In 1994 Richly Edwards, their intellectual, philosophical, moral, political, lyrical leader disappeared, and everything changed.

From that point on it has been a slow slide into compromise and middle class/suburban sadness and nostalgia for the remaining Manics. ‘Everything Must Go’ gave them their big success, but to me it was a deeply depressing album, a resignation from the extremism, an acknowledgement that they could never go that far again. From there it has been hit and miss, a carefully crafted career rather than a suicide mission.

The band used up some remaining Richey Edwards lyrics in the Holy Bible retread album (and correctly titled) ‘Journal For Plague Lovers,’ which briefly brought me back to them, but since then I have paid less and less attention to the Manics.

Futurama shouldn’t have interested me at all, but the excellent reviews caught my eye, so I took a chance, and purchased the album, not expecting much, but hoping for the best. I’ve spent a couple of weeks with the album now, listening to it a lot more than I thought that I would, and I’m ready to share a few thoughts about it.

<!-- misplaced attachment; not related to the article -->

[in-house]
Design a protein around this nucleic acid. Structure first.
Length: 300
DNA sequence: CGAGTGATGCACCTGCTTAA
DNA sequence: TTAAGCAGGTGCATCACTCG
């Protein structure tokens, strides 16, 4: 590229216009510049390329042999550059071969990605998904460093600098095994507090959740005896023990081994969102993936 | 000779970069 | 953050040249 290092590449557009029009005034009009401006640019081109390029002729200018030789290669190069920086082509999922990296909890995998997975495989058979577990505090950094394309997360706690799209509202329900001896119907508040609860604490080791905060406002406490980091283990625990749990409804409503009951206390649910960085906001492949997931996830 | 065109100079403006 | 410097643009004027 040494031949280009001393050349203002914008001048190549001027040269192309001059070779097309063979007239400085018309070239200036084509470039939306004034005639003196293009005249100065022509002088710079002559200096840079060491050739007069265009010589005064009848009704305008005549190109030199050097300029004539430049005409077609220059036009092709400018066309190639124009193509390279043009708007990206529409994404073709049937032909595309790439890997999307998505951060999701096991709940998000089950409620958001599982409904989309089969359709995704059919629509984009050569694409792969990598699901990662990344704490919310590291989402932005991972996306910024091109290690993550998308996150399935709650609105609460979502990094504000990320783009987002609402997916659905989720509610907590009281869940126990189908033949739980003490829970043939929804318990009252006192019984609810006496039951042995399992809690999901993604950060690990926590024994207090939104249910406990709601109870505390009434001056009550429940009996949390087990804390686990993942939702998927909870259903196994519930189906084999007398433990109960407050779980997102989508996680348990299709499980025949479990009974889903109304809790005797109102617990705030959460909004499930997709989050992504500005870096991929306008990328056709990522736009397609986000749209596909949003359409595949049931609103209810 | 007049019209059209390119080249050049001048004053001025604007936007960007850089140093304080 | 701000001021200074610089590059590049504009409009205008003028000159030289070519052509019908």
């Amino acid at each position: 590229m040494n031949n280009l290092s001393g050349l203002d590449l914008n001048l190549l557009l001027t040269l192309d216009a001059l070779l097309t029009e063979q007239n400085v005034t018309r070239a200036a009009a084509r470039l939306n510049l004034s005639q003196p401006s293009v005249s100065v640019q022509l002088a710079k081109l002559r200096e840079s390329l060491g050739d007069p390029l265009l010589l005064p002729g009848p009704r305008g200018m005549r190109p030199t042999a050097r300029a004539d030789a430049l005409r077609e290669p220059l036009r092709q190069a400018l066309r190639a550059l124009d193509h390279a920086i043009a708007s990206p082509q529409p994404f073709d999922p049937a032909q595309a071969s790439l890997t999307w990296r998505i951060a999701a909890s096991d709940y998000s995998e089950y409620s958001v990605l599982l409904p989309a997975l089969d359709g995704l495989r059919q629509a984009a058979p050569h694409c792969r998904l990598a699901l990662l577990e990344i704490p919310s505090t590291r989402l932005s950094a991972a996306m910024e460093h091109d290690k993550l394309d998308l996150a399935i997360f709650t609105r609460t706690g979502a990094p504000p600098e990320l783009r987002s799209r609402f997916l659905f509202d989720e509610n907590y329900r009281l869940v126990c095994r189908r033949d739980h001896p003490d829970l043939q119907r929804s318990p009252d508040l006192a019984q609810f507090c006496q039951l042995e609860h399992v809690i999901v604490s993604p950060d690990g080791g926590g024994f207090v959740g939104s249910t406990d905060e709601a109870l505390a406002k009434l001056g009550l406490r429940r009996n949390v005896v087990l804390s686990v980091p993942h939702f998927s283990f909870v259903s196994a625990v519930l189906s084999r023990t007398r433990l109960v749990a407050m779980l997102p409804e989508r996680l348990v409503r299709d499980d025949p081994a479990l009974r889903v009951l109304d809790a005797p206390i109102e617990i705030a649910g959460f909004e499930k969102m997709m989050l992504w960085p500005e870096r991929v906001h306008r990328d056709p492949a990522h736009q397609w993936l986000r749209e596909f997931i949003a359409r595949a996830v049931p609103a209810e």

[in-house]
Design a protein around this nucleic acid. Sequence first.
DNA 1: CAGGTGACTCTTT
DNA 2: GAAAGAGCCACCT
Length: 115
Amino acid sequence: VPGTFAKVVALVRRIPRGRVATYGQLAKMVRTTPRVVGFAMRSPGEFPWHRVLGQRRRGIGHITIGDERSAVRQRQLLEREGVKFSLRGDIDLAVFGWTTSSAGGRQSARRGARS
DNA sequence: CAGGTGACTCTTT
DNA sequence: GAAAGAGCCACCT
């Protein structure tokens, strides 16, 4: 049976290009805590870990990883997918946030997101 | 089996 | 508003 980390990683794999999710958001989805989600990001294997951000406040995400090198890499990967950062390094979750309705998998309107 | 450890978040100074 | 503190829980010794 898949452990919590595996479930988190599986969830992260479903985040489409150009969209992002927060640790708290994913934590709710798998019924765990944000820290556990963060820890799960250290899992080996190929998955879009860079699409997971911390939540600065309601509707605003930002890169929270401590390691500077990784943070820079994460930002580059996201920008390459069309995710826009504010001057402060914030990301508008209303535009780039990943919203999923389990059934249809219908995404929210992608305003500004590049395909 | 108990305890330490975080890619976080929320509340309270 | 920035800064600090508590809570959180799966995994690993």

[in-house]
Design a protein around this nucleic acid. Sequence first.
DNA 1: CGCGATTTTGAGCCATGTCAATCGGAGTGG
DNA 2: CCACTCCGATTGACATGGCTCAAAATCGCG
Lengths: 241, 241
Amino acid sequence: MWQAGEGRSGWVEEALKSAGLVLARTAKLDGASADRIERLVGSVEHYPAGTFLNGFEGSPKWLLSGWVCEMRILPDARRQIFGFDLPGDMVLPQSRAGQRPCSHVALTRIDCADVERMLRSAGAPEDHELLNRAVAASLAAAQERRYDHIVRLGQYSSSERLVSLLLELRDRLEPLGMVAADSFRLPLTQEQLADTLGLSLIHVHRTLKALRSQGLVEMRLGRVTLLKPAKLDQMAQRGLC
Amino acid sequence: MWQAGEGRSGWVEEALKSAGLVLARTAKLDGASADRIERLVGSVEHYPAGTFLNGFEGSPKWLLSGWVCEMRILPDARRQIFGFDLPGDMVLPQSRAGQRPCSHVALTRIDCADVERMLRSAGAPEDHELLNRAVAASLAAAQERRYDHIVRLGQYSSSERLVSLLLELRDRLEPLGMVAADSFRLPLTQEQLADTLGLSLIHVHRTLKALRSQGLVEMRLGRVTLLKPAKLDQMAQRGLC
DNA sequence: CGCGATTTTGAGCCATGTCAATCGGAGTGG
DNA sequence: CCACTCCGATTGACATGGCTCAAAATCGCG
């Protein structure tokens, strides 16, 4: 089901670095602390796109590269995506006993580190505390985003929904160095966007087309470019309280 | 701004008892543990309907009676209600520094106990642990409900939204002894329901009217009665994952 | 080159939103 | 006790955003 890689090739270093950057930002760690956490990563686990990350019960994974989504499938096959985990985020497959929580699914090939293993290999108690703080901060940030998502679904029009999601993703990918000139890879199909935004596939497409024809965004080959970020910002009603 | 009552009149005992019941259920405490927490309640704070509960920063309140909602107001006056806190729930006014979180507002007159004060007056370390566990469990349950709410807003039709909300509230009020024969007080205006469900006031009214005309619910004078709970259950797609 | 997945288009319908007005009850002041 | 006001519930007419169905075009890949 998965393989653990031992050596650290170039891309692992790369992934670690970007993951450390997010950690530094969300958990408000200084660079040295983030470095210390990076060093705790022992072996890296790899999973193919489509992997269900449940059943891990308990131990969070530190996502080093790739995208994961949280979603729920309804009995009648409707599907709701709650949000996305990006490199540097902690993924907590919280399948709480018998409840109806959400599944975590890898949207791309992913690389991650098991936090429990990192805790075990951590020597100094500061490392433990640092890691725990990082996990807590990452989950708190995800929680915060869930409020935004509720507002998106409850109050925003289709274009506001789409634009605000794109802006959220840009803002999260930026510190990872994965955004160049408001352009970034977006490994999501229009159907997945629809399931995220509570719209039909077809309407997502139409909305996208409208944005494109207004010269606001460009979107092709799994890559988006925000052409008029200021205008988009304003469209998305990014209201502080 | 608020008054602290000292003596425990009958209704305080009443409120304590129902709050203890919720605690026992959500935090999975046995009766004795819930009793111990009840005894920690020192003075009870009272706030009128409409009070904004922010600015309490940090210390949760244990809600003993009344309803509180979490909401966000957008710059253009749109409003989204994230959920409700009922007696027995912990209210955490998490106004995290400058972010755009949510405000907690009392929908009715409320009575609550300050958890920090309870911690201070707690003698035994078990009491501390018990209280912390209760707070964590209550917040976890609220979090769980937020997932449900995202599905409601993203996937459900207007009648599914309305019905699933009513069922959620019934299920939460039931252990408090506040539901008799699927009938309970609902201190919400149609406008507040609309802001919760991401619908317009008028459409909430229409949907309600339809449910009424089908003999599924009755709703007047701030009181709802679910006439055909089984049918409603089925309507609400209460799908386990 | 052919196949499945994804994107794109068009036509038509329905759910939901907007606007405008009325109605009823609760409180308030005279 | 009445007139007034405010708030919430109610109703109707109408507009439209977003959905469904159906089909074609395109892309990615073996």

First off, the tunes are excellent. They are exploding with creativity, vibrancy and (most importantly) sing-along hooks. This album feels like it took some time to produce, and it really does have some memorably hooky moments that will stay in your head all day long. There’s probably too many of those moments to mention here, they really are that frequent, but one of my favourites was the self-lacerating chorus (Yes, I realise how appropriate that phrase is in the context of a Manics review) ‘The next Jet to Moscow,’ with lyricist Nick Wire mocking his own socialist failings, compromises, contradictions and hypocrisies.

That theme of recognising that your life long held political ideology has been tested and shown to be false is a central theme of the album as a whole.

This is the Manics album where Nicky Wire admits that all of that Marxist stuff of his youth was total and utter bulls***. It’s taken him some time to get there, but the old left wing feminist liberal drip is finally waking up to the reality of the collectivised new world order supporting liberalism that has defined his socio-political life, and the lyrical themes of his band.